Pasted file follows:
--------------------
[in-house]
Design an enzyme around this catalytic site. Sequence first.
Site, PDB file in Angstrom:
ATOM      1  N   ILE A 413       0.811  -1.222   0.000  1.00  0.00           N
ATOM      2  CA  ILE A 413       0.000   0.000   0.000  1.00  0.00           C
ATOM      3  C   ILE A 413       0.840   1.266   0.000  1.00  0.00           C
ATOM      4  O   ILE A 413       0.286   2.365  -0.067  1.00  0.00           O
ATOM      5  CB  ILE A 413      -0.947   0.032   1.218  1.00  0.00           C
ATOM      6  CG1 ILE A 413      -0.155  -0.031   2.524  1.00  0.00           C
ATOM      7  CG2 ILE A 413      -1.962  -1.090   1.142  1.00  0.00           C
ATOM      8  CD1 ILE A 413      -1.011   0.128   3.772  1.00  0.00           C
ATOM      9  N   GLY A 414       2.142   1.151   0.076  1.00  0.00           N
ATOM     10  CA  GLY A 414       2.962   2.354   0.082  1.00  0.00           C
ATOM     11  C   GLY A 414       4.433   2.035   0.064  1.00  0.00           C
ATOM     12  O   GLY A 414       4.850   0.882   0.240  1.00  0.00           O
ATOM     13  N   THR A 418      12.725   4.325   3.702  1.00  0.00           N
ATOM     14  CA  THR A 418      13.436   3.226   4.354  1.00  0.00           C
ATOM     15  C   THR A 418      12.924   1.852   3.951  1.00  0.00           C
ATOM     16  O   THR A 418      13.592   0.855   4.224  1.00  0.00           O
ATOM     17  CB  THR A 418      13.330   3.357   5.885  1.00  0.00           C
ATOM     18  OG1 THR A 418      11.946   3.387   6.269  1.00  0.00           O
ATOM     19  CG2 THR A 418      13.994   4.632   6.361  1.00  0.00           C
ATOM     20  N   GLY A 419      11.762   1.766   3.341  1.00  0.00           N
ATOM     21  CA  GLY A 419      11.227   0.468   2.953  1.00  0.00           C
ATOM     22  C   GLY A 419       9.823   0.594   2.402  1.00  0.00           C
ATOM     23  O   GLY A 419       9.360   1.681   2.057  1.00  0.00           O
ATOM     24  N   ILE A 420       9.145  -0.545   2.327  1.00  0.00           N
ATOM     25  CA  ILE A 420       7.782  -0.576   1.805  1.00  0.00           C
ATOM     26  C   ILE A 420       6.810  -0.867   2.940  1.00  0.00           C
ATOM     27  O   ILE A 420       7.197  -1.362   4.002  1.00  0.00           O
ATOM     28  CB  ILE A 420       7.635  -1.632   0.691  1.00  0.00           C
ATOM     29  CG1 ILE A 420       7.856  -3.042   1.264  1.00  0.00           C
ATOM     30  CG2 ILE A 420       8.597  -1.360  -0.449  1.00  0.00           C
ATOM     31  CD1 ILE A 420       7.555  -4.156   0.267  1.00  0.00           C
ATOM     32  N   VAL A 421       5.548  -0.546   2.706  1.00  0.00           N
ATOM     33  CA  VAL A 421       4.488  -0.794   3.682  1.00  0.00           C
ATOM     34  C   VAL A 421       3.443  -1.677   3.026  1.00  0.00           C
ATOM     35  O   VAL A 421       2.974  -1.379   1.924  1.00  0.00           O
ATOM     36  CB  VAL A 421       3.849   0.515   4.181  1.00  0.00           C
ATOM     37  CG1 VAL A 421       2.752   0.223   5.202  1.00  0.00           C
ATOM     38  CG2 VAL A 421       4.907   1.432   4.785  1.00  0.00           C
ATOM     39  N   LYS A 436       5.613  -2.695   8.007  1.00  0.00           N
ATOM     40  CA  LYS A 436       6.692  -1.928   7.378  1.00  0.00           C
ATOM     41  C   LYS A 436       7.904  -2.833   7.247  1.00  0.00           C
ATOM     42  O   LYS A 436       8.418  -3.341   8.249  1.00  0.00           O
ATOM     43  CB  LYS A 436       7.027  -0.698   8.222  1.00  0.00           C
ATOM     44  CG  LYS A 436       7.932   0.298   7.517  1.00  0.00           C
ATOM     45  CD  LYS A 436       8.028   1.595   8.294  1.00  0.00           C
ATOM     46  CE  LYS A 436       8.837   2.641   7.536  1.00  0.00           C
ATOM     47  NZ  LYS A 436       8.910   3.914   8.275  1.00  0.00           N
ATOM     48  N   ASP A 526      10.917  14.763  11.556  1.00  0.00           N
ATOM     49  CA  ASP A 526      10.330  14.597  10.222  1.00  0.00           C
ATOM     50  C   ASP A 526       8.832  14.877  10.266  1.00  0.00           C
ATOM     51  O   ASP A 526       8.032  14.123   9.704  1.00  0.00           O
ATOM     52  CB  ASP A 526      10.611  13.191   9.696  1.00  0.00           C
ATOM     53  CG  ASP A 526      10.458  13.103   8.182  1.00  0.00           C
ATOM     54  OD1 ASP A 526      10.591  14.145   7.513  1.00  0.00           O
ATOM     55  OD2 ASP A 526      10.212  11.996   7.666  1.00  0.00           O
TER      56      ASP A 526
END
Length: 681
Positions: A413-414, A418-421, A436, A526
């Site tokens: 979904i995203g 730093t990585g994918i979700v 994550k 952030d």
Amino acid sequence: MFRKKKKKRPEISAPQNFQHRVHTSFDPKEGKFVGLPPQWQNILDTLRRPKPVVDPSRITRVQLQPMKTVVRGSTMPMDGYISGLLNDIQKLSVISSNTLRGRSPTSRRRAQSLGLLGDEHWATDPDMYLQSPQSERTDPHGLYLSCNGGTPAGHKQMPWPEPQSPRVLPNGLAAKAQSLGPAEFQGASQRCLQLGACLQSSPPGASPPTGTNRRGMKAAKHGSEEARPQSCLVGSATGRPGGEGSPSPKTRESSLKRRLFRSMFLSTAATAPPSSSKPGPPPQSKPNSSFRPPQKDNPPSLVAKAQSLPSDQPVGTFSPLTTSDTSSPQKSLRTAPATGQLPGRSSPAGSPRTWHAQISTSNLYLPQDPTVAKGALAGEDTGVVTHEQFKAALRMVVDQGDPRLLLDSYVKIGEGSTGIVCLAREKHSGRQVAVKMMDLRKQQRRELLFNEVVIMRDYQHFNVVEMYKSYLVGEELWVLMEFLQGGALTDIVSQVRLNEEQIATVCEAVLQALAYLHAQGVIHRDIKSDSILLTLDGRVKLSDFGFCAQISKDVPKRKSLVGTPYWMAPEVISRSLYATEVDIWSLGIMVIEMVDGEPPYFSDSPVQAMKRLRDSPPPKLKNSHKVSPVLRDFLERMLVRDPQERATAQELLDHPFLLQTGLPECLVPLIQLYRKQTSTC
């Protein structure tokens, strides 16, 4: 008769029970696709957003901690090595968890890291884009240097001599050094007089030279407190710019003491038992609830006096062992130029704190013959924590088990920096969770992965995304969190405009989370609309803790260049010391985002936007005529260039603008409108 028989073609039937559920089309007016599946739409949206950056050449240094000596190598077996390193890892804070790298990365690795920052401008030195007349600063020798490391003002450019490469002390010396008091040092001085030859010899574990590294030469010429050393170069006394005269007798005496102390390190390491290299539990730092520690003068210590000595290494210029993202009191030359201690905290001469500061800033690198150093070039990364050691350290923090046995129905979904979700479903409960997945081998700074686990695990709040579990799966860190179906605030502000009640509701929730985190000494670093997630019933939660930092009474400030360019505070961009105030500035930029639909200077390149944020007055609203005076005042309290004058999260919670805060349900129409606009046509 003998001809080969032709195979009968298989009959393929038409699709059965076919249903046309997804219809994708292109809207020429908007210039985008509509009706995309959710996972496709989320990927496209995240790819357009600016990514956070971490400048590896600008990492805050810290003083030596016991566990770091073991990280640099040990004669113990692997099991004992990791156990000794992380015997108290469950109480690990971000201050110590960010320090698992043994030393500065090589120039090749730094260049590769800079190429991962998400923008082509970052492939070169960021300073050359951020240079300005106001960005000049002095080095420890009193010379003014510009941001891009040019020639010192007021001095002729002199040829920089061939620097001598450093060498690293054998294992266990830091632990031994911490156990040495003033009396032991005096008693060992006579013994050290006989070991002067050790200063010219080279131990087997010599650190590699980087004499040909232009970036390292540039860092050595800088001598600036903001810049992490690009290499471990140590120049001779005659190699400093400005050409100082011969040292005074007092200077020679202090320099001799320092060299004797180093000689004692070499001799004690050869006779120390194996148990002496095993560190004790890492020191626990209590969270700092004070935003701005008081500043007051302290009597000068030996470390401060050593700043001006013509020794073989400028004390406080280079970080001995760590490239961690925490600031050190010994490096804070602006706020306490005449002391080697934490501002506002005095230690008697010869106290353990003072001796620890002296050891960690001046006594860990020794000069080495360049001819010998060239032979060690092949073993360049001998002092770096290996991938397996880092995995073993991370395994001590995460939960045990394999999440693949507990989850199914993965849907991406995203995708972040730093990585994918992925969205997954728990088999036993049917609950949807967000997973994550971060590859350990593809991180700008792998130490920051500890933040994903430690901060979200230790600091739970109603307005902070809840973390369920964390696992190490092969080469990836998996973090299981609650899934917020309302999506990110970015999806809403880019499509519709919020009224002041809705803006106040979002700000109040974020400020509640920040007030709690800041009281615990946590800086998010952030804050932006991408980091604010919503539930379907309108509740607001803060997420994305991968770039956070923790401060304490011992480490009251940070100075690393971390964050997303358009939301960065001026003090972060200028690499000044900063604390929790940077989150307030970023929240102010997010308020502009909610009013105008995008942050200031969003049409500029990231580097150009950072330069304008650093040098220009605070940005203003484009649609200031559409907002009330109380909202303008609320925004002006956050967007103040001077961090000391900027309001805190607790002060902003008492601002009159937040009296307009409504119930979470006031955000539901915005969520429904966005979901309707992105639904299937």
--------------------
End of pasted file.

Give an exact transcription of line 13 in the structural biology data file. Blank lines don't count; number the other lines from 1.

ATOM     10  CA  GLY A 414       2.962   2.354   0.082  1.00  0.00           C